My Father’s Confession

My Father’s Confession

My Father’s Confession 1920 1280 Dux Communications

One night, recently, my father tells my mother he has to make two confessions. It was late. They were in bed. Her mind goes wild. “After all these years, what could it be,” she asks herself. Not good.

He begins. One: “I really like golf,” he says.

The day before was going to be his last day on any golf course, as he had planned, because it was ‘too stressful,’ but something had changed. He was not too shabby even if one of his balls flew through a forested area and bounced off a tree. He had found a shortcut to the next hole. We had laughed about this over dinner.

My father’s second confession: “I was practicing in the front yard.”

My father felt guilty because he had pulled out several different clubs and practiced his swing in the morning before they played golf while my mother was asleep. He thought that somehow it had given him an unfair advantage. He played better than my mother too, and she’s more of ‘the athlete.’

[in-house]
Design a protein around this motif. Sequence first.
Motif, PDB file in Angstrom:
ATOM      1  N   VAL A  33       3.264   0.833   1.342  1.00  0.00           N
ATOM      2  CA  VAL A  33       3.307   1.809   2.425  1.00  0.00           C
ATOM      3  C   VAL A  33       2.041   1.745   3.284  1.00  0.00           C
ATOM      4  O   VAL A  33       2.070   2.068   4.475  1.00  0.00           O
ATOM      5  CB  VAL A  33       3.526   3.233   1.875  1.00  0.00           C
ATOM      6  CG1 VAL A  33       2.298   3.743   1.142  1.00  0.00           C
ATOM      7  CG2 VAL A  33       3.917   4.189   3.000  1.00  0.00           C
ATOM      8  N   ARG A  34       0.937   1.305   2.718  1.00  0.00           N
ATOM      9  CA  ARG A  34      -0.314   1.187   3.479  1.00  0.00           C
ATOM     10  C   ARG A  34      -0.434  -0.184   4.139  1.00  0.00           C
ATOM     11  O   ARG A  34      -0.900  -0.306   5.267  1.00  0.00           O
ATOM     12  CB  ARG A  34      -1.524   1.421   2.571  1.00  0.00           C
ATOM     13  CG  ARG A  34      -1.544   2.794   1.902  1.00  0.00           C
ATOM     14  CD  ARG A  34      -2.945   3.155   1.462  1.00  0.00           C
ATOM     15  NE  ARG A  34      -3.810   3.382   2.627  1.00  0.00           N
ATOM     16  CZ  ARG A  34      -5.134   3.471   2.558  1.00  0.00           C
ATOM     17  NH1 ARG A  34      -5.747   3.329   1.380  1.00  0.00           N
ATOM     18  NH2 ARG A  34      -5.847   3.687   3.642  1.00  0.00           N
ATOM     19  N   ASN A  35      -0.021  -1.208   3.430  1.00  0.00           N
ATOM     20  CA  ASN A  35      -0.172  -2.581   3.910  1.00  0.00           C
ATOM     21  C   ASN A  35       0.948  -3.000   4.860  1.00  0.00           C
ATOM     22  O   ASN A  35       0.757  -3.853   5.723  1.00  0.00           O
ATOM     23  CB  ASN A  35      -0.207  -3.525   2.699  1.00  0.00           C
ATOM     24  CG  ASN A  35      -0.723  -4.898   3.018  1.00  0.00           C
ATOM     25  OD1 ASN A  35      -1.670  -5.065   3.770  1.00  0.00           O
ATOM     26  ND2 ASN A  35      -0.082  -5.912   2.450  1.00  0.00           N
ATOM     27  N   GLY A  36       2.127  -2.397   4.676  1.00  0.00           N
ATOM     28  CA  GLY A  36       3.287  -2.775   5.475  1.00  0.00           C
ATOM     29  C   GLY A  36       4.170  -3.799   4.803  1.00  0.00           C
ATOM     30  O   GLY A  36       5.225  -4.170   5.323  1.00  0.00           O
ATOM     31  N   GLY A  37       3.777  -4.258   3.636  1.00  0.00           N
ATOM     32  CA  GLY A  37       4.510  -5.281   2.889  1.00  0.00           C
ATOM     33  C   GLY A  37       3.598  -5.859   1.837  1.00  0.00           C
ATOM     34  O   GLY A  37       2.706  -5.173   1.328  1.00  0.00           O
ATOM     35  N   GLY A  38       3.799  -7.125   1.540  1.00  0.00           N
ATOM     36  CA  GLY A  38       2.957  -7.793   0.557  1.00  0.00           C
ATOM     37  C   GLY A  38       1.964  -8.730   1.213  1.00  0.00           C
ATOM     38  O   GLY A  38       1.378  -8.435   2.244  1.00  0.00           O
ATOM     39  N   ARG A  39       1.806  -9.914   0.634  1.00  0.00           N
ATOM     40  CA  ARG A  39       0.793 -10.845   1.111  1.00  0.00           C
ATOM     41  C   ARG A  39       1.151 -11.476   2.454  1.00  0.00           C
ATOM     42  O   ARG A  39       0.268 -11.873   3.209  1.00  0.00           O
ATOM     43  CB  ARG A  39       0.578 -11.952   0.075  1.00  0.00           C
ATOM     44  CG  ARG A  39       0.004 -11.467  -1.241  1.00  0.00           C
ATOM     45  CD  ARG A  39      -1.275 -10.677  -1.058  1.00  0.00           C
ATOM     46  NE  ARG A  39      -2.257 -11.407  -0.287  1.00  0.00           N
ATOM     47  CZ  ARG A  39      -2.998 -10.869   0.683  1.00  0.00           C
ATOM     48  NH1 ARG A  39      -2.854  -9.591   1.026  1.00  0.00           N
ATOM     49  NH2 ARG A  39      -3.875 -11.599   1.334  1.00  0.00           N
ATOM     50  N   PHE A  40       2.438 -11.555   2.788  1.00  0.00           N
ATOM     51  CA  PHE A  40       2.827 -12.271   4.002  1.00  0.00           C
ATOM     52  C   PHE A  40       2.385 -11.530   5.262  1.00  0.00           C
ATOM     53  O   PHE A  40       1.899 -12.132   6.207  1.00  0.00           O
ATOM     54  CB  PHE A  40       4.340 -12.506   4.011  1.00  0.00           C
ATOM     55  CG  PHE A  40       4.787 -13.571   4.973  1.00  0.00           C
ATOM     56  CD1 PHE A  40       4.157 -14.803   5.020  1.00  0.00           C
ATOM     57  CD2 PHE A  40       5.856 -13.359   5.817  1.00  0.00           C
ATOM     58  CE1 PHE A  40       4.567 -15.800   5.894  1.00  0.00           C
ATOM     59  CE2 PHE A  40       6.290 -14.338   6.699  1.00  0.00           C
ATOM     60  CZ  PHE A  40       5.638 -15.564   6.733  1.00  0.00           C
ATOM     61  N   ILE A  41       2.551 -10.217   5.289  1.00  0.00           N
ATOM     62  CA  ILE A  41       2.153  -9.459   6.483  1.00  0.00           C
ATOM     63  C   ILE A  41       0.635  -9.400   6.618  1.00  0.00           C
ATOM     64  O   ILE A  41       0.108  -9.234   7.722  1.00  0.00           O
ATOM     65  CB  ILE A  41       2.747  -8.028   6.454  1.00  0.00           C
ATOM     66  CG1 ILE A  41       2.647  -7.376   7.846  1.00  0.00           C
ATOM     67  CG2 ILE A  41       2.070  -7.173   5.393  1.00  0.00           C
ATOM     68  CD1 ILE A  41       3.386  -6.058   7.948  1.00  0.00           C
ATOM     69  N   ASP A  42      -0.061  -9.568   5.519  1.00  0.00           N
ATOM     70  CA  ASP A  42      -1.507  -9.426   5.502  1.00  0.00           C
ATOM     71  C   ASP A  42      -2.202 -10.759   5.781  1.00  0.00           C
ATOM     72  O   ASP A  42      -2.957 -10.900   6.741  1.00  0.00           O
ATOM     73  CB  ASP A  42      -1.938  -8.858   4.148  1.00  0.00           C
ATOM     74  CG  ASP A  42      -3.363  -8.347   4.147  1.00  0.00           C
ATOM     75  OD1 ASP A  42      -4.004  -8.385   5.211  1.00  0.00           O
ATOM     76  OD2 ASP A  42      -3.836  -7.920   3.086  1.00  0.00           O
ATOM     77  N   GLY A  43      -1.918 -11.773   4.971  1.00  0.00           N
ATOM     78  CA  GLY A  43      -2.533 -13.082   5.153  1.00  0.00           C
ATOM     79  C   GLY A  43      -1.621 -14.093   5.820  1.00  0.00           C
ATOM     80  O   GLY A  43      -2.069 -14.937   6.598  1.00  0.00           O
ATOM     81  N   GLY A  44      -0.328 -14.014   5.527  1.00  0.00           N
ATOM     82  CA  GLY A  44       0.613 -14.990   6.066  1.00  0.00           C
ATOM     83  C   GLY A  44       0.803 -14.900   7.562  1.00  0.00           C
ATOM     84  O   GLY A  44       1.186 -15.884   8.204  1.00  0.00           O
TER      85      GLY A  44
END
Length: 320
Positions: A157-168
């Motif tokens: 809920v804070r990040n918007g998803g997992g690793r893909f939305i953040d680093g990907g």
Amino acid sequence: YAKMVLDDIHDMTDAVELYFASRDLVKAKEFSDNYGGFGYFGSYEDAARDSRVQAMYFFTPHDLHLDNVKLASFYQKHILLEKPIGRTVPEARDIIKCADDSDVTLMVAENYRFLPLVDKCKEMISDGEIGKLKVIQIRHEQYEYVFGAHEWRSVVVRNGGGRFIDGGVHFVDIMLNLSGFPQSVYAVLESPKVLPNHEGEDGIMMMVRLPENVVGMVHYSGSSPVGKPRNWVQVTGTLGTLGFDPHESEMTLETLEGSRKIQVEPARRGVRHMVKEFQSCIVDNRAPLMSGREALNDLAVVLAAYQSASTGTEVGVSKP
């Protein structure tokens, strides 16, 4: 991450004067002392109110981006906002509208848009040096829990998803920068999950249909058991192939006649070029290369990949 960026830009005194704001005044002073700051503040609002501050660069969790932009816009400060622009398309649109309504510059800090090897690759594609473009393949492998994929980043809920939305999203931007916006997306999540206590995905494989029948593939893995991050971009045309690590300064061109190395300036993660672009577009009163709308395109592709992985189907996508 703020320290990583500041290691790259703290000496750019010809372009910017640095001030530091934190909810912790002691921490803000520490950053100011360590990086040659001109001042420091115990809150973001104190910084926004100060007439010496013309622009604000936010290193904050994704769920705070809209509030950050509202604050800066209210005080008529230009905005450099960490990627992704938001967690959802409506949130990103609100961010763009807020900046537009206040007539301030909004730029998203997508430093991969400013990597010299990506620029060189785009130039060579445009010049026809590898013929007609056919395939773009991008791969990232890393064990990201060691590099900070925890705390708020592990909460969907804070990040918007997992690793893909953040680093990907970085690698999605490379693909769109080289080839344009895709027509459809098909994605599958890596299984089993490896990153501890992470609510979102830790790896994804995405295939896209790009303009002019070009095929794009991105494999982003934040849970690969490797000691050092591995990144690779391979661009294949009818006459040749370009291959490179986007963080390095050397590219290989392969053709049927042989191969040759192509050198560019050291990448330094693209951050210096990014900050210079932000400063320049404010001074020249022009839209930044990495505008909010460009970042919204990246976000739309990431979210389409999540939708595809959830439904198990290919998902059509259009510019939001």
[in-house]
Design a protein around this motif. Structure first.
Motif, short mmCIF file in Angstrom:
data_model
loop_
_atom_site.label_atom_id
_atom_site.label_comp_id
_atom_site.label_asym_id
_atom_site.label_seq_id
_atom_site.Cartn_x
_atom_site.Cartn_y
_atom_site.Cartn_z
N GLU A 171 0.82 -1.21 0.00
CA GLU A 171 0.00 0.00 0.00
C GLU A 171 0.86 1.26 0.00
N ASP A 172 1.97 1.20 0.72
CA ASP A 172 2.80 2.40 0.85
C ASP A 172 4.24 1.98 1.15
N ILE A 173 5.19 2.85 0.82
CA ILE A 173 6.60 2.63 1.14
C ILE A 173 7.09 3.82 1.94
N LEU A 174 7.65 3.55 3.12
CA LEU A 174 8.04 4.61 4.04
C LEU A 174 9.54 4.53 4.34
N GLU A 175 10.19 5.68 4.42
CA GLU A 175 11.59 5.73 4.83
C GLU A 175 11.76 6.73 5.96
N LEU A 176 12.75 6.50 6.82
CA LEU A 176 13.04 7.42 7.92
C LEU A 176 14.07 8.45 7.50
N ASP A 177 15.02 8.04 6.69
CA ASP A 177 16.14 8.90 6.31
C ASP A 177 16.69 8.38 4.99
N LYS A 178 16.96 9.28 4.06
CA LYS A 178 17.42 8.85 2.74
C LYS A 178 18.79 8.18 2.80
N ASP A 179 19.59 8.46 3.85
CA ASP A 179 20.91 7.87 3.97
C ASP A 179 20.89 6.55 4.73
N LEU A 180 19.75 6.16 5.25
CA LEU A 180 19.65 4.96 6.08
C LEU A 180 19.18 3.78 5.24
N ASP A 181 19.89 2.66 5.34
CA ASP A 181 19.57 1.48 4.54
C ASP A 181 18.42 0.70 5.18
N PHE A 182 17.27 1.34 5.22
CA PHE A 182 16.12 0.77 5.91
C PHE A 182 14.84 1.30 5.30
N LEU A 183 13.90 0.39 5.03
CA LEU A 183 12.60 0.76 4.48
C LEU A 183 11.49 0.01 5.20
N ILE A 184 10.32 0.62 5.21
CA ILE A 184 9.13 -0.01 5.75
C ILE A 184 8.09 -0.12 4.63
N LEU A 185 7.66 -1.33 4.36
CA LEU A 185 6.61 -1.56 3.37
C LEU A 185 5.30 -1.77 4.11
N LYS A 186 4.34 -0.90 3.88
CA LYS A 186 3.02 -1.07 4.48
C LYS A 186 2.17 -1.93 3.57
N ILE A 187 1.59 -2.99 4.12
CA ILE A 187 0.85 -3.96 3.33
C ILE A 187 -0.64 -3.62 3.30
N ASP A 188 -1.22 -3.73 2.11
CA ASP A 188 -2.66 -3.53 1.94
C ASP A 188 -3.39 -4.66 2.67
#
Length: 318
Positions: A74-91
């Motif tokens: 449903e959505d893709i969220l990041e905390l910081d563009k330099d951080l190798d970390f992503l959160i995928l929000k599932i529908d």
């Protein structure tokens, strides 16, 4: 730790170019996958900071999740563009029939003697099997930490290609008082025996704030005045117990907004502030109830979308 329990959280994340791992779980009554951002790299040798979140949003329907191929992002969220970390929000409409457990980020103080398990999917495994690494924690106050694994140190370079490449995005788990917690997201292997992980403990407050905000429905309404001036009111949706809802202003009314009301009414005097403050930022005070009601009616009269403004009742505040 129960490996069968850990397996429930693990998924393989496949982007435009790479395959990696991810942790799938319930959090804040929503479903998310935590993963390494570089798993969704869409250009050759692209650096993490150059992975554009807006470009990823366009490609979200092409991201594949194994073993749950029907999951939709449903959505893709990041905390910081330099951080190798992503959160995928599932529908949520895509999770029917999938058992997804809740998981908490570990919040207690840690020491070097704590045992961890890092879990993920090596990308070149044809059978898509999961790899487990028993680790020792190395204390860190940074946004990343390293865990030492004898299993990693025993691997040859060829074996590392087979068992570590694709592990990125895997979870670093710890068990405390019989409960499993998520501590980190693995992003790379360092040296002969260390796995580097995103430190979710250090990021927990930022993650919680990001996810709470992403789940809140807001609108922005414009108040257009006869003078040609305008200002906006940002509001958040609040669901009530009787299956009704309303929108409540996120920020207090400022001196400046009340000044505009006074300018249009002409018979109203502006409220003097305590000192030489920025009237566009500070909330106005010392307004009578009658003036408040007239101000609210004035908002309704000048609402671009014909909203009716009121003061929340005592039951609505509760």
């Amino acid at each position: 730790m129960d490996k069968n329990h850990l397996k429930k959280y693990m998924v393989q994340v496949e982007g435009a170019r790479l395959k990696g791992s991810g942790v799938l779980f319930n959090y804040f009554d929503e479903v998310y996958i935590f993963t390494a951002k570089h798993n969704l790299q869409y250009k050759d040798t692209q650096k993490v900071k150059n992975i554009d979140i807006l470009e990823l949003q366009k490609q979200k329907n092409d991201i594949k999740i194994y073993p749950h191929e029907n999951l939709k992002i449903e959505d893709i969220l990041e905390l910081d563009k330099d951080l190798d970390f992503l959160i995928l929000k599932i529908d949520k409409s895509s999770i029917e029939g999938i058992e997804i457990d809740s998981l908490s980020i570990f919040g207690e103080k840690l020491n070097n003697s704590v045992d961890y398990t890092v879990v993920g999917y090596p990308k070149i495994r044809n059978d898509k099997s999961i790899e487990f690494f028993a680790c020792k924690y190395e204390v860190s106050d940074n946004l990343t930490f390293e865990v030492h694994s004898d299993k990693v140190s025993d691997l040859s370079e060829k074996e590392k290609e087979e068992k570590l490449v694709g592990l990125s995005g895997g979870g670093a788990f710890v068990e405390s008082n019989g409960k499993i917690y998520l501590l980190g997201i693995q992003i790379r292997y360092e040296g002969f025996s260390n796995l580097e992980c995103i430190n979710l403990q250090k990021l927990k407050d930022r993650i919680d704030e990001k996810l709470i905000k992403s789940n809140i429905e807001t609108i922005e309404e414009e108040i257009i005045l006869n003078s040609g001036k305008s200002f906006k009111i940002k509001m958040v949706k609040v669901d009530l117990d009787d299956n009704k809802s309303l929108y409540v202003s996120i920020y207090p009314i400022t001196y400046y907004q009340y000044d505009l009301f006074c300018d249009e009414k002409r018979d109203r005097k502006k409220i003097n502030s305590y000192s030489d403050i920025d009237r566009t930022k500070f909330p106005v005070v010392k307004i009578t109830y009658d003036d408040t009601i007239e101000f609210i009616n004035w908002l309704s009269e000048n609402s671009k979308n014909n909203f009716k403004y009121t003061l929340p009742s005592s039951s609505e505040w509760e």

Really? I know you’re asking yourself that, and I promise my father is a sane man. He’s just too kind. My mother says it was a struggle to not die of laughter in bed that night. “He is such a boy,” she said. All men are forever boys, right?

I think it was also one of those life reminders that let you breathe a little easier. I could see it on her face. He is still the man she married. So thoughtful… So caring… She didn’t need to say anything else. They have the kind of love that makes other people want to tear up… just a bit.

My parents celebrated their 36th anniversary in October.



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